Reality Check for Southern Baptists

            The 2007 Annual Church Profile of the Southern Baptist Convention was released this week-and it is not pretty. (If you’re not Southern Baptist, the ACP is a combined report of key indicator statistics from all 45,000 or so churches)

            Baptisms were down 5.5% to their lowest level since 1987-and have fallen for 7 of the last 8 years. Church membership dropped for the 2nd time since 1926. Some other key indicators either flatlined or dropped. 

            For years, Southern Baptists have (pridefully) laid claim to the title “the largest Protestant denomination in the U.S.” and have (gleefully) compared ourselves to the declining mainline denominations like Methodists, Presbyterians, etc.  We no longer have any cause to be prideful or gleeful. Southern Baptists are no longer growing; we are declining.

            Nathan Finn asks the tough question: Does the SBC Have a Future? and has a spot-on answer. Ed Stetzer (one of our best missiologists) asks, Is this the end of the beginning?  and answers with a prophetic ring:

             For now, Southern Baptists are a denomination in decline…. Our responsibility before God is, then, to urgently consider how we should respond. Yes, most of our response should be personal and lived out in our local churches….. But if we are choosing to partner in this network of churches, and the network is faltering, it will also take some joint action….

Three issues rise to the top. First…. we have witnessed a serious (and increasing) depopulation of young leaders at our convention. Also, ethnic leadership remains absent…. Vacant seats still exist at the SBC table for the ethnic and generational diversity that matches the America we are attempting to reach.

….A second issue is the infighting which defines so much of the SBC-its meetings, its churches, and its blogs…. Satan has used our incessant bickering over non-essentials to promote his last great mission on earth-to keep lost people lost…. If the focus of every SBC meeting is a new controversy to be debated, new parameters to be narrowed, and new issues to be fought, the trend toward decline will only accelerate.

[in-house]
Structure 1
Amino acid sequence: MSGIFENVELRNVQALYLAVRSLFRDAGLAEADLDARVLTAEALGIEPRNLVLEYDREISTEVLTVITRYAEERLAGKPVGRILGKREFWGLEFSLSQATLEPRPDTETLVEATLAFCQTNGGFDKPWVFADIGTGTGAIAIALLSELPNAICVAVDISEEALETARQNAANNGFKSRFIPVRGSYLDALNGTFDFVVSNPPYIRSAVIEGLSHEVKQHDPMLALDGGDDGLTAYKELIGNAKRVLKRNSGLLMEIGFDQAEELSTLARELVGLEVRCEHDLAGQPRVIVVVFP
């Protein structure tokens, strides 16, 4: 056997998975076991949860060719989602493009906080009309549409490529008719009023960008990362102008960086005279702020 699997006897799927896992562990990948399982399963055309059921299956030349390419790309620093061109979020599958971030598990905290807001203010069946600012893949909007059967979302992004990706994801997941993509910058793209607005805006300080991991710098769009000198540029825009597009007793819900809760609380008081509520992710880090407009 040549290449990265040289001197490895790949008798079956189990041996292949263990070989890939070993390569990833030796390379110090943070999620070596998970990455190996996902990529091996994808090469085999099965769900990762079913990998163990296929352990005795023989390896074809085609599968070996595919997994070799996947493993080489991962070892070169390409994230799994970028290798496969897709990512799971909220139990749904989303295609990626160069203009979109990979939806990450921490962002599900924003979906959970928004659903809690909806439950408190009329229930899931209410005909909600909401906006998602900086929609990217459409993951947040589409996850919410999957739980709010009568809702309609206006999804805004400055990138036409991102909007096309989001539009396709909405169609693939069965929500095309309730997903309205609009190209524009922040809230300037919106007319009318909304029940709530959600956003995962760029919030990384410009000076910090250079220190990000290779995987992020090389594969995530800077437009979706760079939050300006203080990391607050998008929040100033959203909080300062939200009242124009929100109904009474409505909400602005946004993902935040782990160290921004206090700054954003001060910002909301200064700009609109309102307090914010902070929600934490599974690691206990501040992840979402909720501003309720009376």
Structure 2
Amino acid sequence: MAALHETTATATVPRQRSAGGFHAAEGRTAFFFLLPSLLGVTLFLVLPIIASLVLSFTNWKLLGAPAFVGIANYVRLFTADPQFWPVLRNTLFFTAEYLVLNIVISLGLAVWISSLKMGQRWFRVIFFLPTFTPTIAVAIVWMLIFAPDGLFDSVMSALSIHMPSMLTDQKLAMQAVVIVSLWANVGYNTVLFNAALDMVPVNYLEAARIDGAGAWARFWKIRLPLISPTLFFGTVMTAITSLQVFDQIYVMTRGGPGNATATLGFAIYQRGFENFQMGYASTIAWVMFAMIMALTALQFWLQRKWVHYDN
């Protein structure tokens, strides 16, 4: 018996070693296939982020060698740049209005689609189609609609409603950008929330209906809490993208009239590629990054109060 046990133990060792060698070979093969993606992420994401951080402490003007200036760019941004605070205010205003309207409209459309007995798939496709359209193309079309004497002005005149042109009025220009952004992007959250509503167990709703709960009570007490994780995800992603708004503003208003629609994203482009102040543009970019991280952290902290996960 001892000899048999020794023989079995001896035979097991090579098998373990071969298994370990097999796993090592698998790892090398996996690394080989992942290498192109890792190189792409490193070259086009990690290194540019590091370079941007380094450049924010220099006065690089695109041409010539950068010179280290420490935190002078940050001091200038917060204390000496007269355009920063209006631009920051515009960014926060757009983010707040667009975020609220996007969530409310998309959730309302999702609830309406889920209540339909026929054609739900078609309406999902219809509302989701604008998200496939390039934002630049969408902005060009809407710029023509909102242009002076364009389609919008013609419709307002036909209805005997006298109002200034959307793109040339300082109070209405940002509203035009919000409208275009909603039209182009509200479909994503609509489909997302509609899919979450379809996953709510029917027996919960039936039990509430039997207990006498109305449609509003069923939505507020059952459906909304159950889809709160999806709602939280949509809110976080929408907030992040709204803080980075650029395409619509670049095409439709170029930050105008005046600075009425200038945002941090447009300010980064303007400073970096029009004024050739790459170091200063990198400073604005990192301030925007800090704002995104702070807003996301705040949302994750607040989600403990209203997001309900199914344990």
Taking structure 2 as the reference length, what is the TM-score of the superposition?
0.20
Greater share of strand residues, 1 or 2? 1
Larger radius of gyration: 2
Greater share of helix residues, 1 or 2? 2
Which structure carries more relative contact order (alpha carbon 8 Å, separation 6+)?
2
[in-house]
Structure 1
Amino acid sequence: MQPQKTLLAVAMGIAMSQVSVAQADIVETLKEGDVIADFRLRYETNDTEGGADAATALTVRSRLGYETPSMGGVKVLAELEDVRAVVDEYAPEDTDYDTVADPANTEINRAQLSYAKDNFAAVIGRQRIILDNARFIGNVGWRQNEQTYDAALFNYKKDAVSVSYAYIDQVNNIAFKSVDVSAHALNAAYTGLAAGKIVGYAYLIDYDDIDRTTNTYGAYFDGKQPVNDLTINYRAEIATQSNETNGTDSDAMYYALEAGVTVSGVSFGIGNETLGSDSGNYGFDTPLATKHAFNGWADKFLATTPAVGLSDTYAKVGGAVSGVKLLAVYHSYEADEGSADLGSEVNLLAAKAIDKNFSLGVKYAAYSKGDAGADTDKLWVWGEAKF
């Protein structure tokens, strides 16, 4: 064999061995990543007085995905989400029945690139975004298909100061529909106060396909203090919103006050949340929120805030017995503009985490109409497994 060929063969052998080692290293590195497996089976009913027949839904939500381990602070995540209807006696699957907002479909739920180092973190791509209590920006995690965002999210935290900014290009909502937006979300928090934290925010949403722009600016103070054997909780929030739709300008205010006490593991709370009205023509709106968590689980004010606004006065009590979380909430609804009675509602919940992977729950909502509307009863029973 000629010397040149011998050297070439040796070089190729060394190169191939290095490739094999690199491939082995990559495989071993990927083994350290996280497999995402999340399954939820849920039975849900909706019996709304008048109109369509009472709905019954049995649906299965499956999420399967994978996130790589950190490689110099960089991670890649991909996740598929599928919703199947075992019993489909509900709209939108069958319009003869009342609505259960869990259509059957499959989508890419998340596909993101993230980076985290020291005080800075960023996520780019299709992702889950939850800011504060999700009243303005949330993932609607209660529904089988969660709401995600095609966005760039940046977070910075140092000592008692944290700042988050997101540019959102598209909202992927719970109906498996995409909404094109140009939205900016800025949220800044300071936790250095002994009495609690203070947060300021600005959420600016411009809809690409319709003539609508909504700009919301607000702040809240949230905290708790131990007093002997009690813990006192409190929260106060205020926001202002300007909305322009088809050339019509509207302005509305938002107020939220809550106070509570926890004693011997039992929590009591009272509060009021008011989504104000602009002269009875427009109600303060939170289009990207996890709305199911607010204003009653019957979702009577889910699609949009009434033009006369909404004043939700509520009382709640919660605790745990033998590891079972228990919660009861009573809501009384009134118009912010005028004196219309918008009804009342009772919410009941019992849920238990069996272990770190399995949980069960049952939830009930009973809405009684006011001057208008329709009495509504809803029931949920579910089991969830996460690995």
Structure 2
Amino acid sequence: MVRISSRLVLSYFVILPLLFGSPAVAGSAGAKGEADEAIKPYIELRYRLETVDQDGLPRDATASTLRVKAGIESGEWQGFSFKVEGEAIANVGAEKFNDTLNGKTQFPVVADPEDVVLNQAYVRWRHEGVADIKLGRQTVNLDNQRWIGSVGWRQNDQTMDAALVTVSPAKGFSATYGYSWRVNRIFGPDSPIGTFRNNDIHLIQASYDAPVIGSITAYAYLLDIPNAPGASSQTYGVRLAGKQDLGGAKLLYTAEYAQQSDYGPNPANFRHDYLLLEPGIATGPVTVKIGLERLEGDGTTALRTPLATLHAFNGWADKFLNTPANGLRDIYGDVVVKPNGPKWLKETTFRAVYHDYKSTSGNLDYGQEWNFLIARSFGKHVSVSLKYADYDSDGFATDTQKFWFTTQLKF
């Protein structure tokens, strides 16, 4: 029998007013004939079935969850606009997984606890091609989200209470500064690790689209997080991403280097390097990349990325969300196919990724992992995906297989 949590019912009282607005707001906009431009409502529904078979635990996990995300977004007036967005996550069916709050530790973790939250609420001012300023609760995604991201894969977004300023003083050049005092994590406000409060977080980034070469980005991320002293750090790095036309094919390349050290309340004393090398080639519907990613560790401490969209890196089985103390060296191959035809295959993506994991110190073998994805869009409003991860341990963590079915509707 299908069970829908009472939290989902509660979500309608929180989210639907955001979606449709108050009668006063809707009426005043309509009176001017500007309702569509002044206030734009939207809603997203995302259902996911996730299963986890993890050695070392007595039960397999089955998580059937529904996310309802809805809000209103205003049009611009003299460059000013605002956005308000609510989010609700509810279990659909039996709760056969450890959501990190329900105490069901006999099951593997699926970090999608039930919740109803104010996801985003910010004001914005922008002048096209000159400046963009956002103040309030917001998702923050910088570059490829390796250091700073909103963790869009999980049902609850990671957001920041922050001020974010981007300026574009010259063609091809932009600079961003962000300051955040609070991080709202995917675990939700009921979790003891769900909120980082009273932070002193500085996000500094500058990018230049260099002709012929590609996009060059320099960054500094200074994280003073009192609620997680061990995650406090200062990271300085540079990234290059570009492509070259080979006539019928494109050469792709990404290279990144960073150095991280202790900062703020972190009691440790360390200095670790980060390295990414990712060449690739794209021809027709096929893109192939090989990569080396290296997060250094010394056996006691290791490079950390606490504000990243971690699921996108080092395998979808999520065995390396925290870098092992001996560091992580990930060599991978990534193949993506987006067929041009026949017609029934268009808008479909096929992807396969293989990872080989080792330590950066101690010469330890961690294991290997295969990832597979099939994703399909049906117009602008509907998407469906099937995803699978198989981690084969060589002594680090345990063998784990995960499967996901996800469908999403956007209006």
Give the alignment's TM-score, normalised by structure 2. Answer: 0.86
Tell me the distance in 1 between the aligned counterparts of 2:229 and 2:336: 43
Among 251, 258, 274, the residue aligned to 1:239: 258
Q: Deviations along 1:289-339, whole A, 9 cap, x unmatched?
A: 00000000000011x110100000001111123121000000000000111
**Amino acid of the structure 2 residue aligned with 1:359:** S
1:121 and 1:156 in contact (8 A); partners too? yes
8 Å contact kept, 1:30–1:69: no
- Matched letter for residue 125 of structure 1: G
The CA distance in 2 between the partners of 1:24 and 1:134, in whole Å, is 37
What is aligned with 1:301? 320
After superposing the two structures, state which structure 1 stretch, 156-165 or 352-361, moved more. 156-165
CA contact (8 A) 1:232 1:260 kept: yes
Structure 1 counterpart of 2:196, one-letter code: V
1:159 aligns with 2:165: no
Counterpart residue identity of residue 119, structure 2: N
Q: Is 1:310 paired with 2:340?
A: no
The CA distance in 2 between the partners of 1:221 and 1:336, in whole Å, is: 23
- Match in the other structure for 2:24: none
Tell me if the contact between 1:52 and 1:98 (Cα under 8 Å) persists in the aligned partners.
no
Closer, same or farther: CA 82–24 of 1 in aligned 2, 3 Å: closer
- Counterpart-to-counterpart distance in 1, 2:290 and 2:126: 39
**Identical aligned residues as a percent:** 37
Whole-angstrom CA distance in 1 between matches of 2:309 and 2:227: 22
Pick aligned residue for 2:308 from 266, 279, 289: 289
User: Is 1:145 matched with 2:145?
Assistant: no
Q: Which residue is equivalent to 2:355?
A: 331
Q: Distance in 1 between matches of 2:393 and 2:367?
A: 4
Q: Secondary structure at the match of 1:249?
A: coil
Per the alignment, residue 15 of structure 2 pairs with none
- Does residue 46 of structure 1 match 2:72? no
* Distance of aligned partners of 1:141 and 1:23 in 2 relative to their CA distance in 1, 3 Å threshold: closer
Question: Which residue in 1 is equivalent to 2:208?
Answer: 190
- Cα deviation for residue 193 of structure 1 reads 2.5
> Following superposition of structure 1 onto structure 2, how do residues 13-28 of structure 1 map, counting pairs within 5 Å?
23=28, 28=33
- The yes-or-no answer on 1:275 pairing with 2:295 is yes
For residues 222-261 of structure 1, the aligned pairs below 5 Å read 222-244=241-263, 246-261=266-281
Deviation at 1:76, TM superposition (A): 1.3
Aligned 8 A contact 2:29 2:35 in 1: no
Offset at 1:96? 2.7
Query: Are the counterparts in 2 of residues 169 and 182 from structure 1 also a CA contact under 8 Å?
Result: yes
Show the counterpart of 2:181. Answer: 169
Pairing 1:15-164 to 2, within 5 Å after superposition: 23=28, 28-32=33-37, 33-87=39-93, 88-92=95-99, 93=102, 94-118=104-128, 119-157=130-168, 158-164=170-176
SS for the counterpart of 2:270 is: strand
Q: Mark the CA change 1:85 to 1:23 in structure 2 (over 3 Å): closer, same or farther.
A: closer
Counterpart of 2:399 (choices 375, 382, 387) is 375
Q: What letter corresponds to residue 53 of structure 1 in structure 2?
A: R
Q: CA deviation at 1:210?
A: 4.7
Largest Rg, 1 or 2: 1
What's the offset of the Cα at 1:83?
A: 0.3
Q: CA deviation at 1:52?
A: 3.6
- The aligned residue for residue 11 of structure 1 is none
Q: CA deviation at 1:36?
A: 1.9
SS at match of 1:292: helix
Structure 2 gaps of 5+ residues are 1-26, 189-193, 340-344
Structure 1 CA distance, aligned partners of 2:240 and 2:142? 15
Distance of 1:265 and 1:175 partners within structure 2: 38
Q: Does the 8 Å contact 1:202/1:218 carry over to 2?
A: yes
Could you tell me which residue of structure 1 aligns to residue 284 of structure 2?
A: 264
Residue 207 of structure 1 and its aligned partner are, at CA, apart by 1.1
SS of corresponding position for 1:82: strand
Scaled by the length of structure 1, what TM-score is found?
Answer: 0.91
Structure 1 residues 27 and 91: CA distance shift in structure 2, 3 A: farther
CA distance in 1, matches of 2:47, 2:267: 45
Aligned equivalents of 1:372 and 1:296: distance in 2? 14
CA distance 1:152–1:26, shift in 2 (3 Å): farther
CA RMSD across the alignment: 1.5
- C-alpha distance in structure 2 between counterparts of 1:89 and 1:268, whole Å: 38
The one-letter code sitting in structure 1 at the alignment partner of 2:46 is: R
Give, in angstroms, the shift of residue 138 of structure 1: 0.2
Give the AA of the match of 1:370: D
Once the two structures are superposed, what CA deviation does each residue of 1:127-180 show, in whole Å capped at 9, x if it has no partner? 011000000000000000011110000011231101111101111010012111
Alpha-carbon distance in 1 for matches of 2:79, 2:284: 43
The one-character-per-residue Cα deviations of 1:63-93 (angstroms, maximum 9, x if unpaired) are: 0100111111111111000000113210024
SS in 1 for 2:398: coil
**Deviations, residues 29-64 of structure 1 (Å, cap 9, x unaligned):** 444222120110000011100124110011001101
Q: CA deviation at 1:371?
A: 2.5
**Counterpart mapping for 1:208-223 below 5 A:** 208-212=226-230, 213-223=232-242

The third, and most important, issue is our loss of focus on the Gospel. I find it difficult to even say such a thing, but, I believe it to be true. We must recover a gospel centrality and cooperate in proclaiming that gospel locally and globally….

If we commit ourselves once again to the Gospel which guided the Apostles and the early church, then perhaps we can reply to Christ’s call made to the church of Sardis in Revelation 3: “I know your works. You have the reputation of being alive, but you are dead. Wake up, and strengthen what remains and is about to die, for I have not found your works complete in the sight of my God. Remember, then, what you received and heard. Keep it, and repent. If you will not wake up, I will come like a thief, and you will not know at what hour I will come against you.”

….My prayer is that, unlike the church at Sardis, we are far from dead. However, it is obvious to us now that we are slumbering in the light. It is time for us to once again rise to a new day. The temptation will be that the news of the day will result in a new denominational obsession to fix the problem with a new plan. It won’t work. Instead we must refocus on the Divine Obsession (Luke 15), the obsession with lost people.

…. The promise of the Conservative Resurgence was to reestablish our unwavering belief in the inerrancy of scripture…. Now is the moment for us to hone our vision and take on a bigger battle-we must battle to build upon our Conservative Resurgence and make it a Great Commission Resurgence.

If we don’t, why did we bother with the Conservative Resurgence in the first place?

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